ST. LOUIS (KMOX) – Two decades ago, it was rare to know a child who had a food allergy. Now, the odds are 1 in 13.
Food allergy advocates have gone from isolation to a broad community seeking more protection.
Today concludes our series of special reports on Food Allergies: The Deadly Dish.
Strides for Safe Kids is a gathering of families who understand what it means to live with food allergies.
“We have 12 identified food allergiesc… peanut, tree nut, milk, egg, garlic, onion, kiwi, avocado, ham, coconut and chick pea and sesame.”
The explosion in food allergies has more families seeking support. The St. Louis region has its own Facebook group, Gateway FEAST, where parents share everything from safe recipes to frustrations.
It was food allergy parents’ repeated objections on social media that helped spark a national outcry about the rising price of EpiPens.
Advocates say there are other battles to fight.
“The reality there is that your experience as a food allergic individual travelling on the airlines is pretty much left to the individual airlines discretion.”
Scott Riccio is Senior Vice President for Education and Advocacy with FARE – Food Allergy Research and Education.
Will that tiny pack of peanuts really cause a problem? Researchers have found residue on tray tables and seats “and the amounts that are found are certainly enough to cause allergic reactions,” Riccio says.
Disability laws that cover public places don’t apply to airlines. Commercial flights are stocked with epinephrine but most flight crews are prohibited from using it. Best hope there’s a medical professional with a ticket.
“We’ve been fortunate not to have a major disaster that we’re aware of on the airlines.”
Other potential tragedies are closer to home.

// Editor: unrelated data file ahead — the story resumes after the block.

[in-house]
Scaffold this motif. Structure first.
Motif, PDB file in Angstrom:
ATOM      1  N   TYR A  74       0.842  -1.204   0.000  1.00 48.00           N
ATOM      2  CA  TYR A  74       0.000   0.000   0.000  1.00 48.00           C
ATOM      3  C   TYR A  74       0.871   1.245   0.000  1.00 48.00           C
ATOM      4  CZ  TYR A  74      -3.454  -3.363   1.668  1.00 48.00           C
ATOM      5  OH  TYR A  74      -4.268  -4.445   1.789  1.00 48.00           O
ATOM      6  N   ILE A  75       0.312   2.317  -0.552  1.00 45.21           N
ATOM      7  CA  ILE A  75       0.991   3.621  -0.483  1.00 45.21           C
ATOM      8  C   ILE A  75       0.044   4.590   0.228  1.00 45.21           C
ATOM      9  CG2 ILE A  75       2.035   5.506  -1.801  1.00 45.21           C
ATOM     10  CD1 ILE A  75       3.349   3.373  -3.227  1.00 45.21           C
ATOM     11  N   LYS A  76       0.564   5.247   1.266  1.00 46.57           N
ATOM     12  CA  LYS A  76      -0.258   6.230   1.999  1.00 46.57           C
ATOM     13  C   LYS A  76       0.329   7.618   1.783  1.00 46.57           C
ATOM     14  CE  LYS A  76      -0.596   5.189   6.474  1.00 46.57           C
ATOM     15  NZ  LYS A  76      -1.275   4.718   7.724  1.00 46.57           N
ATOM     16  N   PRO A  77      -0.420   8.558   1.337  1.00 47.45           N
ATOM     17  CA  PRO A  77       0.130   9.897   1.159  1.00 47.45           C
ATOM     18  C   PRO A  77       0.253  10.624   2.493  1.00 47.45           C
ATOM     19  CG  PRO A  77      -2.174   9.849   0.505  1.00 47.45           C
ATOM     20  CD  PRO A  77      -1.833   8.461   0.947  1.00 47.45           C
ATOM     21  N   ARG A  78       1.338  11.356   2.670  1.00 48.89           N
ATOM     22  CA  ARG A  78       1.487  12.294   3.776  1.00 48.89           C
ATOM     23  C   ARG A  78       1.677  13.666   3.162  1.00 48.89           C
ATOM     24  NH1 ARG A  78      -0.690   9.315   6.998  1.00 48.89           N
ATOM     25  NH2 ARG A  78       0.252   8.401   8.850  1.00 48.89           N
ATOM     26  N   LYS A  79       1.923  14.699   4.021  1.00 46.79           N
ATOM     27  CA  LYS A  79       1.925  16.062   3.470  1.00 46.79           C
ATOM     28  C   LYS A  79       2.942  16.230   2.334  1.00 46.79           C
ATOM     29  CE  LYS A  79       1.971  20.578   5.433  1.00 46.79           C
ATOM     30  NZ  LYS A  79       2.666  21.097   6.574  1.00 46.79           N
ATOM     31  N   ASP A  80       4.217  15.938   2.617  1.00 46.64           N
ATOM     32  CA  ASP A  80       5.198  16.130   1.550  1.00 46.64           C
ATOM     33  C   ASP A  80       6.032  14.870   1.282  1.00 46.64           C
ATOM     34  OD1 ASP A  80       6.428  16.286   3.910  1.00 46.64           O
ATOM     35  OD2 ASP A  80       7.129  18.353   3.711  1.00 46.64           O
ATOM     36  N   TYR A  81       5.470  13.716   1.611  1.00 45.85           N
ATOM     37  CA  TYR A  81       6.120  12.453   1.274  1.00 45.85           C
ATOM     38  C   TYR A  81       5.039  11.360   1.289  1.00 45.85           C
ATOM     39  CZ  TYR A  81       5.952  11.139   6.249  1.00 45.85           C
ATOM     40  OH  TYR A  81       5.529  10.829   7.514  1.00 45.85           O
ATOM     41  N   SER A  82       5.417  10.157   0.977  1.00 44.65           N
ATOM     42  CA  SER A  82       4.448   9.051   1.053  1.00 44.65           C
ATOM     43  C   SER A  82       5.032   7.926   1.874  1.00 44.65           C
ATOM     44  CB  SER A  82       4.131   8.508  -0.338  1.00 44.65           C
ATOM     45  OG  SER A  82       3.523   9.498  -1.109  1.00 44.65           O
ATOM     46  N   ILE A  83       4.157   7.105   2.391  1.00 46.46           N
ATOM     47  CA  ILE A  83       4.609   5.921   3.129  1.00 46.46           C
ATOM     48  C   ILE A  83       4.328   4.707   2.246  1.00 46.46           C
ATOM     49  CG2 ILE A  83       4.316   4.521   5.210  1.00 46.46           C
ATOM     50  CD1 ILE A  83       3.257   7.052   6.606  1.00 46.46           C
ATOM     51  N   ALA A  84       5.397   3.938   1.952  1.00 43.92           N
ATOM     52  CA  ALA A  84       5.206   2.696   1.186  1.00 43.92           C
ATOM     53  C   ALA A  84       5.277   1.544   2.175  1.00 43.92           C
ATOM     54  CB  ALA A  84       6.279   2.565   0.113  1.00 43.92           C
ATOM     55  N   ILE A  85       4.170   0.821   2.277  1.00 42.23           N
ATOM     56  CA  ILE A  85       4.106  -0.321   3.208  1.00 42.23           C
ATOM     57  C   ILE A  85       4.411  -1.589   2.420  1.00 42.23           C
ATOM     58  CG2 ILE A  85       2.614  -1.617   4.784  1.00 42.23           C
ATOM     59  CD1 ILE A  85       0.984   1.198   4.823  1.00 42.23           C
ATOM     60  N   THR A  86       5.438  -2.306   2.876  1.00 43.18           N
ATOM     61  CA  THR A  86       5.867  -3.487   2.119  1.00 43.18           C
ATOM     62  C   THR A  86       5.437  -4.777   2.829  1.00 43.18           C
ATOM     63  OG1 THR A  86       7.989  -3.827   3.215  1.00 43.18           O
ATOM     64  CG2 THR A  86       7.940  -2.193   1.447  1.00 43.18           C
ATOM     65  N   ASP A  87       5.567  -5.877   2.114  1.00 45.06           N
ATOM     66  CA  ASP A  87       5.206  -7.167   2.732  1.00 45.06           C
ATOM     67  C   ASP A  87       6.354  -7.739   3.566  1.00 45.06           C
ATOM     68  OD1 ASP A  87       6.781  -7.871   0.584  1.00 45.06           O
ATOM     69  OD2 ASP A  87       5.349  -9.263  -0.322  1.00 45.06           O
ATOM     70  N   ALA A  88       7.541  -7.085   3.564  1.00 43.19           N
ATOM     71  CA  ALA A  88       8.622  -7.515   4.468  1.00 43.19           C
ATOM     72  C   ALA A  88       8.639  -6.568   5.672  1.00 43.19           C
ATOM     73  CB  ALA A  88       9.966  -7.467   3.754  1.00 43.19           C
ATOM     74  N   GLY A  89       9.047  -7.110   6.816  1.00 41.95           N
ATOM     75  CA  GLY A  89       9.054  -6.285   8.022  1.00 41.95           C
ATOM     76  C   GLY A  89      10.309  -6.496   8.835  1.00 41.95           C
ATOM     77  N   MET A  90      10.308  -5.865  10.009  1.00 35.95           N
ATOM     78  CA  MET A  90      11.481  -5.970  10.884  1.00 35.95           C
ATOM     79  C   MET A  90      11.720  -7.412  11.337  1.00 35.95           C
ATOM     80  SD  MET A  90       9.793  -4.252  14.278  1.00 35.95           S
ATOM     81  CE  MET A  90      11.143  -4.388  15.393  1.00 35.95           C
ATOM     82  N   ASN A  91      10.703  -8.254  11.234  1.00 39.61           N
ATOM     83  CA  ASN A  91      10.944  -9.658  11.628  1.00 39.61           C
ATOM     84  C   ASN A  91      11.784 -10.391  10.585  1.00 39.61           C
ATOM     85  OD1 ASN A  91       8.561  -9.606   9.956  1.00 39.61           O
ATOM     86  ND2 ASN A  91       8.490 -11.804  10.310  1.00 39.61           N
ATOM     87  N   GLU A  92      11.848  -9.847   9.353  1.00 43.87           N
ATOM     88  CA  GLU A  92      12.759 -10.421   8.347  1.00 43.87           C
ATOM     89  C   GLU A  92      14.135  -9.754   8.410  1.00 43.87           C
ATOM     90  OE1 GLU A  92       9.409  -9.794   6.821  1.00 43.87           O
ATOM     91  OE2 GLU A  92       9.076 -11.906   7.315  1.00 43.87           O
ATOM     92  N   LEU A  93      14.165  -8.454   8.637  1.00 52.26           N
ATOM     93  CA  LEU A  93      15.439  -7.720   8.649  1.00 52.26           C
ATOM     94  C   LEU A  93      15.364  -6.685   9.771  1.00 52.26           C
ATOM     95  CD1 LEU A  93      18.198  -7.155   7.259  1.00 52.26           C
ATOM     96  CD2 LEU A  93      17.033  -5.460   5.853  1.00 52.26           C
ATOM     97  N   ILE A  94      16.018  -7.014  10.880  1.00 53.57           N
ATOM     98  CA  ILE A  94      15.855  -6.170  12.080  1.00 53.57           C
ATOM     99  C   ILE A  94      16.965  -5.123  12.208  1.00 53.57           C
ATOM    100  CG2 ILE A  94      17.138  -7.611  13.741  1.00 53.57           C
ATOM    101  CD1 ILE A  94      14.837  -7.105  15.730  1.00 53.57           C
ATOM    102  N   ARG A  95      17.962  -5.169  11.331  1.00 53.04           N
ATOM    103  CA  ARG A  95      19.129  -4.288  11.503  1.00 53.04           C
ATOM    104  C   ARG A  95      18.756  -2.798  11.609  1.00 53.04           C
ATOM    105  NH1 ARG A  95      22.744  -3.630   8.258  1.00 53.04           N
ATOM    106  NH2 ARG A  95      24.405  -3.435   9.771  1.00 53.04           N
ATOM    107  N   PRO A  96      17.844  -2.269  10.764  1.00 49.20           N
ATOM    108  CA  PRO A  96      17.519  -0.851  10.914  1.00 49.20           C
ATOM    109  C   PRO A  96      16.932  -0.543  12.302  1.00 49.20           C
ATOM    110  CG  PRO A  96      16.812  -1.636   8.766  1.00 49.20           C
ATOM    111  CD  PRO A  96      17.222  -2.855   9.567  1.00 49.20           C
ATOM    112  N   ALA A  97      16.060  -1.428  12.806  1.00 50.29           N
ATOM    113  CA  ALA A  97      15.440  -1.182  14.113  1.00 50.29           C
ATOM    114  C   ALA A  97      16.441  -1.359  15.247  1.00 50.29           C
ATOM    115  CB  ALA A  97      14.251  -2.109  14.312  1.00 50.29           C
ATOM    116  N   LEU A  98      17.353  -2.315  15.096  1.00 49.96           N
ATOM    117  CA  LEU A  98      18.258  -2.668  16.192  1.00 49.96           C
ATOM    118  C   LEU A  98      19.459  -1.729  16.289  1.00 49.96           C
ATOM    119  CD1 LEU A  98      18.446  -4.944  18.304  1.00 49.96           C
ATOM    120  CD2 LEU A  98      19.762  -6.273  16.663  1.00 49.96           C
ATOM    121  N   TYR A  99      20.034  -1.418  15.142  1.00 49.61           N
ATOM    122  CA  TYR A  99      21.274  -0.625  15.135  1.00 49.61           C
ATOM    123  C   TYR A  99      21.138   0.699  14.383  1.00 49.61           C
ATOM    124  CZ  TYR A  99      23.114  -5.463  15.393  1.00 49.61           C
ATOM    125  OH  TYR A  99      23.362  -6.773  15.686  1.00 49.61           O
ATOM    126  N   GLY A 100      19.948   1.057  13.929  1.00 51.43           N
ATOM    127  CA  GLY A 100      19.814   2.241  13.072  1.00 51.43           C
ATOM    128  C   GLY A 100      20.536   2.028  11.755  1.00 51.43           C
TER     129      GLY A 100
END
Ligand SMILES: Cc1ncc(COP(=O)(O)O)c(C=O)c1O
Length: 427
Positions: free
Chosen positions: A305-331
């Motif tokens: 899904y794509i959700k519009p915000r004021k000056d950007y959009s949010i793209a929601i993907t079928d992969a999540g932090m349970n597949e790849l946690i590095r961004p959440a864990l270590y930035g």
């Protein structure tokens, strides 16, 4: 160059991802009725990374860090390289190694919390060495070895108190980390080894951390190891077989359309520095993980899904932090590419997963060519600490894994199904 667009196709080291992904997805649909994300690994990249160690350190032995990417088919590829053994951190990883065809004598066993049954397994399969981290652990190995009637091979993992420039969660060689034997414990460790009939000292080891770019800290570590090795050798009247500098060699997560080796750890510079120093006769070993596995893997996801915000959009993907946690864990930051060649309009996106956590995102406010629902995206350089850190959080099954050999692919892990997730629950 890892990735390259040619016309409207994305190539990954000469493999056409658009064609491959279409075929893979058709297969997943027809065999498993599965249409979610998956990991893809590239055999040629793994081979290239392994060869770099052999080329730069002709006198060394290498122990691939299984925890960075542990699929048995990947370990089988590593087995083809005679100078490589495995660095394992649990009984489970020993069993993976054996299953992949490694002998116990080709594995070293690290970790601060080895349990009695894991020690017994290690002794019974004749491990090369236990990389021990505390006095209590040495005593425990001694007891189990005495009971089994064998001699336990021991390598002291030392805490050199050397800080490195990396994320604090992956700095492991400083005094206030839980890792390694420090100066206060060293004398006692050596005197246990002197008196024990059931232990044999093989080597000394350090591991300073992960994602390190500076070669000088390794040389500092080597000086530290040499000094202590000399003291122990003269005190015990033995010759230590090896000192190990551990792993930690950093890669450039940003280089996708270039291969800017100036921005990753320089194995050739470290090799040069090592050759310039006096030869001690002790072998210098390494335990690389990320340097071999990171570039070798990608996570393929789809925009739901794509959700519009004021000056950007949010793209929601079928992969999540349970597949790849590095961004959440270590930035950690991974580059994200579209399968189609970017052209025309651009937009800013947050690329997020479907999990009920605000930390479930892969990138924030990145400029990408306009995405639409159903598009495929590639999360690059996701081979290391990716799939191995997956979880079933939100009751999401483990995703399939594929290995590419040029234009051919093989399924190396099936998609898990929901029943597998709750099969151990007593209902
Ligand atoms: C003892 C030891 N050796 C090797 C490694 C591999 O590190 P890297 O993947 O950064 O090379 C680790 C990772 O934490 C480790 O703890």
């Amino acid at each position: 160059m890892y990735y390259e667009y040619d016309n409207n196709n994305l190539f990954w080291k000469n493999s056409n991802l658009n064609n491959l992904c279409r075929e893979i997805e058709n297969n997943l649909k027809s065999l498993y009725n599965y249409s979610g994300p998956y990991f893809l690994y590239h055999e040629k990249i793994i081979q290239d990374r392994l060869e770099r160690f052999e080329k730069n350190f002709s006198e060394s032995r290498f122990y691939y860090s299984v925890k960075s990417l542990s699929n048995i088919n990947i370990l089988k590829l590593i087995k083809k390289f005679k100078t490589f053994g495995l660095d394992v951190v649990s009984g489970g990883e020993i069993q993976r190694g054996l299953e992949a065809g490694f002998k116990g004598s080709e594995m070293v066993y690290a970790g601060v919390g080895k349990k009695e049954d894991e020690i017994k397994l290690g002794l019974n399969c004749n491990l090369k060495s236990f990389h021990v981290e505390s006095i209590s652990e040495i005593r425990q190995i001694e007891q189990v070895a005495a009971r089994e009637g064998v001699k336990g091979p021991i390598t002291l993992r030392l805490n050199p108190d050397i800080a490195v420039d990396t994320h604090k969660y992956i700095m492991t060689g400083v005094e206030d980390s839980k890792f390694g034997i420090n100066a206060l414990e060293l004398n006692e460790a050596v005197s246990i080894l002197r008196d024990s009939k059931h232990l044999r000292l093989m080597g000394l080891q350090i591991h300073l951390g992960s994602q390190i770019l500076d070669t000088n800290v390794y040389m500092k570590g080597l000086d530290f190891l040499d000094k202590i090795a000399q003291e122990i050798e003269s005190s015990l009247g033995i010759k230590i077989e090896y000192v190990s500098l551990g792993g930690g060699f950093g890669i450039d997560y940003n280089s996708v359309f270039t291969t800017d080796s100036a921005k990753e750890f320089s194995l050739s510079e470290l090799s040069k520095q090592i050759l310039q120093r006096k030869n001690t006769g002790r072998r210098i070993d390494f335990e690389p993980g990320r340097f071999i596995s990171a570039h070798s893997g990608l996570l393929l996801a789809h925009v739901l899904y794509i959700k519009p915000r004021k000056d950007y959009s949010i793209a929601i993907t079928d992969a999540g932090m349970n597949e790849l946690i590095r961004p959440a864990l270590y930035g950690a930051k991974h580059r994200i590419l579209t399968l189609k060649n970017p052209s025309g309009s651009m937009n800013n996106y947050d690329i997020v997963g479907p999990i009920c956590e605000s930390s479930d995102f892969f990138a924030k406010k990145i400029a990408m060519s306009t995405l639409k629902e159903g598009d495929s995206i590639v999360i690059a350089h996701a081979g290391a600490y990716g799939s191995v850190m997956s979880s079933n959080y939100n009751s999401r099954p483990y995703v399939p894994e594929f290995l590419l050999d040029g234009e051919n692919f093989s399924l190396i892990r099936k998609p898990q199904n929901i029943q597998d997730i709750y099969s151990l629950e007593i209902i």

Erin Malawer is the author of Allergy Shmallergy, a blog about her son’s multiple, severe allergies. She says it’s “scary” that “as a regular person with limited training … I had more authority to deliver my son’s medication than someone who’s taken months of classes.”
She’s also written about the so-called “911 Lottery.” Depending on where you live and who responds to your 911 call, the ambulance might not have be equipped to handle food allergy emergencies.
“Not every ambulance carries epinephrine and not all emergency medical personnel are authorized to use it, even when it’s present,” Malawer says.
In Missouri, Advanced Life Support units, staffed by paramedics, typically carry epinephrine. But a basic life support ambulance isn’t likely to carry any of the life-saving drug.
“The people inside are typically EMT basics which means they are not authorized to provide injections by syringe, but they can assist a patients with the pre-prescribed auto injector, like an EpiPen,” Malawer says.
Washington University’s Dr. David Tan says the St. Louis metro region’s most basic ambulances are for routine patient transportation. Only the Advanced units answer emergencies.
“They should not feel any anxiety that the ambulance coming won’t have epinephrine or won’t have personnel that could deliver that lifesaving medication,” Tan says.
There could be exceptions, such as events where there are first aid stations or in rural areas where scheduling and availability of advanced service providers may be a challenge.
To get around those issues, some states have mandated all ambulances carry epinephrine auto injectors, allowing any EMT to use them.
“That would represent a tremendous financial burden on a medication that typically is not going to be used that often,” Tan says.
That’s what fire protection districts and ambulance services discovered in Illinois. They were spending thousands of dollars every year to replace expired devices. A change in Illinois law will allow all levels of EMTs to administer epinephrine by syringe as an inexpensive option.
Could that be a solution in Missouri? Tan says it would depend on resources and training.
The bottom line is someone with severe food allergies should have their own auto injectors and know how to use them in an emergency.
“By the time an ambulance comes the patient may be too far gone to even benefit from the epinephrine that’s administered by the ambulance crew. Anaphylaxis can deteriorate that fast.”
Food is a necessity. It’s woven into so many of our social activities. But for some, it also brings grave risks.
“Perhaps some of us are overprotective … perhaps some of us are helicopter parents, but it’s because we don’t know. When we send our child to school where they’re surrounded with something that could kill them, every day you think, the phone rings, are they going to tell me my child is in the hospital.”
More than restrictions and regulations, families long for understanding and help to keep their kids safe one more day.
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